I just had my 10,000th visit. Way cool – my first post was nearly 17 weeks ago, and for the first couple of weeks not much was happening. It was important to me that I generate content and find readers; I was a newly independent analyst and consultant, and I began with the belief that this social media thing was going to be a key vehicle. So I asked a lot of friends and mentors what to do, and I got some great advice. The list would be very long if I named everyone, but there are a few I simply can’t fail to thank: Charlene Li, Shawn Rogers, Ray Wang, Curt Monash, Jeremiah Owyang, and Carter Lusher. There are so many others, but these folks got me going with the key ideas I needed to get straight.
And there some suggestions I didn’t take, mostly about “tricks” for Search Engine Optimization (SEO- now I know what that stands for! ) Some of those ideas didn’t feel to me like they had anything to do with content. I wanted to spend my time on making the content good, not invisible buttons that made me show up better. Not that it isn’t important to do those things, but it wasn’t how I wanted to spend my time.
So, with the deep wisdom of a four-monther, I figured I should share what little I’ve learned. I can hardly call myself an expert, but I’m happy to offer my thoughts on what has been useful in building this blog enough to have hit a milestone I never dreamed I would get to this fast. This is not SEO tips, it’s my social media content and behavior principles. A few key ones:
- It’s the content, stupid. That was my belief from day one, and it sustains me still. I’ve posted 66 entries in those 17 weeks, and mostly I hope they were substantive. Yeah, there’s a rant in there about the French Open, and a little story about being happy to find wireless at a Marriott, but mostly, it’s non-trivial. At least I hope so.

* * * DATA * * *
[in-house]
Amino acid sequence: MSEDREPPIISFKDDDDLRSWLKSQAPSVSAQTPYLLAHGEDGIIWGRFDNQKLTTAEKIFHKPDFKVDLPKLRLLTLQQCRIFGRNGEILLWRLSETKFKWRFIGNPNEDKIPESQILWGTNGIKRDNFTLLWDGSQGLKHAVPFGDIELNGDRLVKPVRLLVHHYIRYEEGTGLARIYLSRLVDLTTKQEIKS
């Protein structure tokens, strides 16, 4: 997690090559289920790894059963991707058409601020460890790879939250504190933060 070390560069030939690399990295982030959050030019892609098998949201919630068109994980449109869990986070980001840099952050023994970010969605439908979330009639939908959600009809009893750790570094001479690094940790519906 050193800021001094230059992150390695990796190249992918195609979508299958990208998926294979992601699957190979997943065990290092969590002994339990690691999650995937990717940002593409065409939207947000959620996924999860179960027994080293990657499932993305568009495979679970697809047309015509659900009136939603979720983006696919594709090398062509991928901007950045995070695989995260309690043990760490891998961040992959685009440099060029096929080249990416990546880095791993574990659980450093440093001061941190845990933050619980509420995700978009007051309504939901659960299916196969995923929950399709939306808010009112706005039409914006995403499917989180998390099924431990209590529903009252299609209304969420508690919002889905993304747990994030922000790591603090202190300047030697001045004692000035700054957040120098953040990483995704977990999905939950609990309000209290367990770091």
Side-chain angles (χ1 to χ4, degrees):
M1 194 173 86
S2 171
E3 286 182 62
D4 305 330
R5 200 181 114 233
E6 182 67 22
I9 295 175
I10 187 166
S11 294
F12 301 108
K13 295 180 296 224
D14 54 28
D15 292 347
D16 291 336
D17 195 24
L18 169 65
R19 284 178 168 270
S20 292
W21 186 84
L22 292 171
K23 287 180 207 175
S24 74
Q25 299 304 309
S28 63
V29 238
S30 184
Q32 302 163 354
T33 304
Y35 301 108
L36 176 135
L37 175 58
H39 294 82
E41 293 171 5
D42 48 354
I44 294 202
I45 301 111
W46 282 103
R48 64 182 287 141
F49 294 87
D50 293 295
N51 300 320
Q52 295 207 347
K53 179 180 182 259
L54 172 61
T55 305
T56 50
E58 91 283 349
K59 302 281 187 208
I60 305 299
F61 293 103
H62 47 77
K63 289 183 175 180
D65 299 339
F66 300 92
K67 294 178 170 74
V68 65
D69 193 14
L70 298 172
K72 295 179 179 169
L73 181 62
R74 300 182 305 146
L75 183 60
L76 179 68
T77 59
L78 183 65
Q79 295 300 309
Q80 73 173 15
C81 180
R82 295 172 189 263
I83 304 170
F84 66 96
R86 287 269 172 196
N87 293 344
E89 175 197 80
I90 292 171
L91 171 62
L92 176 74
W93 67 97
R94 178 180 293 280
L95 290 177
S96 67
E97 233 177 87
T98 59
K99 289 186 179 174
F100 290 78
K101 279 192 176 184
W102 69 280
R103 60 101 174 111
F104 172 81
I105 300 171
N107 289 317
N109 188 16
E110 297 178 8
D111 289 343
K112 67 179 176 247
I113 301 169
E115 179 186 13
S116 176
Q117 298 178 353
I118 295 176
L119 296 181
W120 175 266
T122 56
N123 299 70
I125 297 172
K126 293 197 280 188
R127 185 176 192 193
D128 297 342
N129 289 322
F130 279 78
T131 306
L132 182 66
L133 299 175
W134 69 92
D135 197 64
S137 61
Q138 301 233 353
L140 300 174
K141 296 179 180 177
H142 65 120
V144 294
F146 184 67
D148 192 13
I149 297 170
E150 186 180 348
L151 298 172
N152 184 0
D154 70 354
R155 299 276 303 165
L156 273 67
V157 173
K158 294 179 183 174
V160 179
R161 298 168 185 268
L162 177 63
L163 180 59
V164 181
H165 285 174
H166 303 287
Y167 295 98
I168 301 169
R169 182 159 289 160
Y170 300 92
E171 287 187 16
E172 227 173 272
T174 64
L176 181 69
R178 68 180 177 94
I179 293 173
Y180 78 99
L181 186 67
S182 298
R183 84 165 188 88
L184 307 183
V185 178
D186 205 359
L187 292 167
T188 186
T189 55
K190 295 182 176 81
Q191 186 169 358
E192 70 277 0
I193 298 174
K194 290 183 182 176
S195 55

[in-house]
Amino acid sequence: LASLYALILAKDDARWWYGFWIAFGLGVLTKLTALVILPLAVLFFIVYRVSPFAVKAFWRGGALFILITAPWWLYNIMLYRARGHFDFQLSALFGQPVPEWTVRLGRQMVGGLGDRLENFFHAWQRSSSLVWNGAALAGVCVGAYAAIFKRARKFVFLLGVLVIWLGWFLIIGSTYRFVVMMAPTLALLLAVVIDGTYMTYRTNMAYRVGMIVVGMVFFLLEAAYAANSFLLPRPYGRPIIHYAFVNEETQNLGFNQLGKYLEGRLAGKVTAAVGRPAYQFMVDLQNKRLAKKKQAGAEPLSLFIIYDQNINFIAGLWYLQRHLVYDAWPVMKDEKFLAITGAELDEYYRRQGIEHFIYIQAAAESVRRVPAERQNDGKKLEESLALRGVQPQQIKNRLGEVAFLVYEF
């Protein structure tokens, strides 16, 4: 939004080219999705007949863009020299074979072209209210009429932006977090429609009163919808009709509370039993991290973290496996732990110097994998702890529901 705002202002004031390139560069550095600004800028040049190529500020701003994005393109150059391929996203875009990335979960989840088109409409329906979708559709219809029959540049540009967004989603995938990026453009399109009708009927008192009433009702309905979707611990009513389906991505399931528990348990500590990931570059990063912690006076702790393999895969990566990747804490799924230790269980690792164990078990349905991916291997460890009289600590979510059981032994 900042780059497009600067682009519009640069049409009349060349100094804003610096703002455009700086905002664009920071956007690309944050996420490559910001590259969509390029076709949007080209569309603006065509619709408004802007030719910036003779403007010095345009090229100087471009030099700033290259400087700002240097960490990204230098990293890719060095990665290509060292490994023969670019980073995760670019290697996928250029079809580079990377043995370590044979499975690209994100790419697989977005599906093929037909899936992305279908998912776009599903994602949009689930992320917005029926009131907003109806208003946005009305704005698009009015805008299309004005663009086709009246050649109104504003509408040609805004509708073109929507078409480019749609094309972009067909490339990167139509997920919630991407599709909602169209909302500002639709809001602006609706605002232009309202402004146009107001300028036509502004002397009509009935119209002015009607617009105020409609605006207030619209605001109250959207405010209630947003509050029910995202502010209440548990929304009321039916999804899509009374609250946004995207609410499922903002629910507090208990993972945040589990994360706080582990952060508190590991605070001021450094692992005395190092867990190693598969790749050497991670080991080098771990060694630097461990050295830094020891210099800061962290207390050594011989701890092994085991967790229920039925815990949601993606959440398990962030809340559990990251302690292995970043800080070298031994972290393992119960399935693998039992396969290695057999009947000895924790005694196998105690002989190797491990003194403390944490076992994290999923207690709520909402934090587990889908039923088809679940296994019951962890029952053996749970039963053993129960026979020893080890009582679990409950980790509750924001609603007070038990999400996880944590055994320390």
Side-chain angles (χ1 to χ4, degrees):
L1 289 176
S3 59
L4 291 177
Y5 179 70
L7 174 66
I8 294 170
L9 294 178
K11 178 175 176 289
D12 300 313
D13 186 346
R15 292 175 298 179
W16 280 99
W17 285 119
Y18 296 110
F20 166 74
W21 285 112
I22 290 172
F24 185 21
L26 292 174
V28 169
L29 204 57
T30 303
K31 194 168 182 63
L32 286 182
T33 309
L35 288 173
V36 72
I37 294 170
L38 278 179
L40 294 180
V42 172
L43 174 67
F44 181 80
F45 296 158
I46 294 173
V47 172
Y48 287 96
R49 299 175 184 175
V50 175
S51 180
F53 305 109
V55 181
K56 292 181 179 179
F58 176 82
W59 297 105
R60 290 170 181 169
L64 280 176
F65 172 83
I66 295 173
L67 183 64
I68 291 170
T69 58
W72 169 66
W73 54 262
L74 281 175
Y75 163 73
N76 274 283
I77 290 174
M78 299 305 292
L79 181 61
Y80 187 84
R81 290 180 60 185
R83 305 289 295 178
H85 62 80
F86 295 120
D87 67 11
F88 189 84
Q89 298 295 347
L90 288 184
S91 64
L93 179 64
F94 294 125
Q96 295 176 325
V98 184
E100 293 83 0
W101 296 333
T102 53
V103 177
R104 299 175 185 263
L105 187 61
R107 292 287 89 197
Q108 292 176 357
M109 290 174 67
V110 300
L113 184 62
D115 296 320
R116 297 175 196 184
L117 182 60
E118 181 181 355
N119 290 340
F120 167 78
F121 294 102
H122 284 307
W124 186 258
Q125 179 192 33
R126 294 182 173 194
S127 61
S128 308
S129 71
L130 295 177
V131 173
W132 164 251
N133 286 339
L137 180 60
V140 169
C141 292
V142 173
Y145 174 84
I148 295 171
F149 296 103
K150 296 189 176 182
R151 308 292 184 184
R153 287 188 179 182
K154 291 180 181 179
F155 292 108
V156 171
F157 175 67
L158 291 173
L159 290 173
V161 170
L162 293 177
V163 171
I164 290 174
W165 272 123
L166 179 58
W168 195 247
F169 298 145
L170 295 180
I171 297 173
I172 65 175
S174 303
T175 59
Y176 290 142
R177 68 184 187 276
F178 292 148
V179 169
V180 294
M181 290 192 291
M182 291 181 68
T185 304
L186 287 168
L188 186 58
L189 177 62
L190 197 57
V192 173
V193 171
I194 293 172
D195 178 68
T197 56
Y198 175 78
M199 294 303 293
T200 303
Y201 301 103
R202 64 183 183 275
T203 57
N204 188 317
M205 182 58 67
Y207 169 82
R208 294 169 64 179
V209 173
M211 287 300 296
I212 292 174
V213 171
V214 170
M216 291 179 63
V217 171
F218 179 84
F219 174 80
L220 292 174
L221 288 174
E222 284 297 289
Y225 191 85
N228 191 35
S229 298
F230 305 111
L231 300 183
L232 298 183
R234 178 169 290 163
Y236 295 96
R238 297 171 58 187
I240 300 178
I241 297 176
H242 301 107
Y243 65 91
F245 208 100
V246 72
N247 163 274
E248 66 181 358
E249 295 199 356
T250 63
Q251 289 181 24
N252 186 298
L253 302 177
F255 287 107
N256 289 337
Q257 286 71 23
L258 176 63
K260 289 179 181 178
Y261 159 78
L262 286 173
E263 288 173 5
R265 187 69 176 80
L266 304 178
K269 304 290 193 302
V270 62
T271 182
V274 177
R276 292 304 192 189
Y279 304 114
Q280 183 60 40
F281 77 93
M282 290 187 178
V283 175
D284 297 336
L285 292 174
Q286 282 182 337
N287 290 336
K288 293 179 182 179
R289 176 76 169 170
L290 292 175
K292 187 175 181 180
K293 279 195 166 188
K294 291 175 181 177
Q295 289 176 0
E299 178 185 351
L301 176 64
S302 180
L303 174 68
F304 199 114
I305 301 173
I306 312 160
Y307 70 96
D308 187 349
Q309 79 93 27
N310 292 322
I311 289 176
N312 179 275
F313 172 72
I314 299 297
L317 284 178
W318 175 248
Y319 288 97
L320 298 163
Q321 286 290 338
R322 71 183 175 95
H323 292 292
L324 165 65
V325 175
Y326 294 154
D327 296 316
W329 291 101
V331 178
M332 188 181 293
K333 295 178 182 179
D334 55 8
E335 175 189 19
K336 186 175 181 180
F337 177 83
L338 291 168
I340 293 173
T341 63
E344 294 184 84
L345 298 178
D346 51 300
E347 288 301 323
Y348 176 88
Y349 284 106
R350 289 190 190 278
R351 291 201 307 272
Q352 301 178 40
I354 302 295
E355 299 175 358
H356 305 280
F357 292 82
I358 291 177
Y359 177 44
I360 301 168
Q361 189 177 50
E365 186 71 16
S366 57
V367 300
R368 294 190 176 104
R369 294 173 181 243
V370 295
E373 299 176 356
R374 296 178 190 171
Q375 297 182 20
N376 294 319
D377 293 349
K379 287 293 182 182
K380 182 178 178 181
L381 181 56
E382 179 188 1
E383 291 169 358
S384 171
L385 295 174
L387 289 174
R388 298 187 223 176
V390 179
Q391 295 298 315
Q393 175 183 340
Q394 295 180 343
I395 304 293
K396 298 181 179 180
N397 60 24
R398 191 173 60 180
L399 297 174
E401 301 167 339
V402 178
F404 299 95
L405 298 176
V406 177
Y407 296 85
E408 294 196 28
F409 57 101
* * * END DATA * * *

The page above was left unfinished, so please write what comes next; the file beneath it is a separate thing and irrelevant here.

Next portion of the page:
- Have an opinion, and be clear about it. I’m not out to get anyone, and I’m not chasing headlines, but nobody cares about happy talk pieces – unless you have a good reason to be positive and can back it up. I’m fine with that, but I won’t hesitate to criticize substantive issues about the companies and products I discuss.
- There’s nothing valuable about embarrassing people. If somebody needs to be told they personally screwed up, the right place to do it is in private. If positioning is bad, or a feature doesn’t work, or something is missing from the plan – I’m content to say so – in the 3rd person – and say why it matters. But it’s rare that I will make it about a person – unless they have made it so, in which case I may be critical of that.
- Respect the work of others – and reference it. Other people cover what I do, and sometimes their work is the place to point people who want to learn. I’m happy to do so, and much of my traffic has come from others who do the same. I’ve said it many times: social media are the most concrete expression of karma you’ll be likely to encounter in this world.
- Always answer comments. Politely. Substantively. Even if only to say “thank you for being here.”
- Visit blogs you respect and comment there too. And if you have something worth pointing back to, go ahead. Don’t be a jerk about it, and say why it’s worth clicking on, but do it.
- Twitter is a great traffic builder.Tweet about your posts and watch the spike. It’s amazing. With 1100 followers (pretty happy about that too!), I get a nice bump from twitter.
- Keept it short. As much as possible. Let me explain that in more detail. What I mean is that….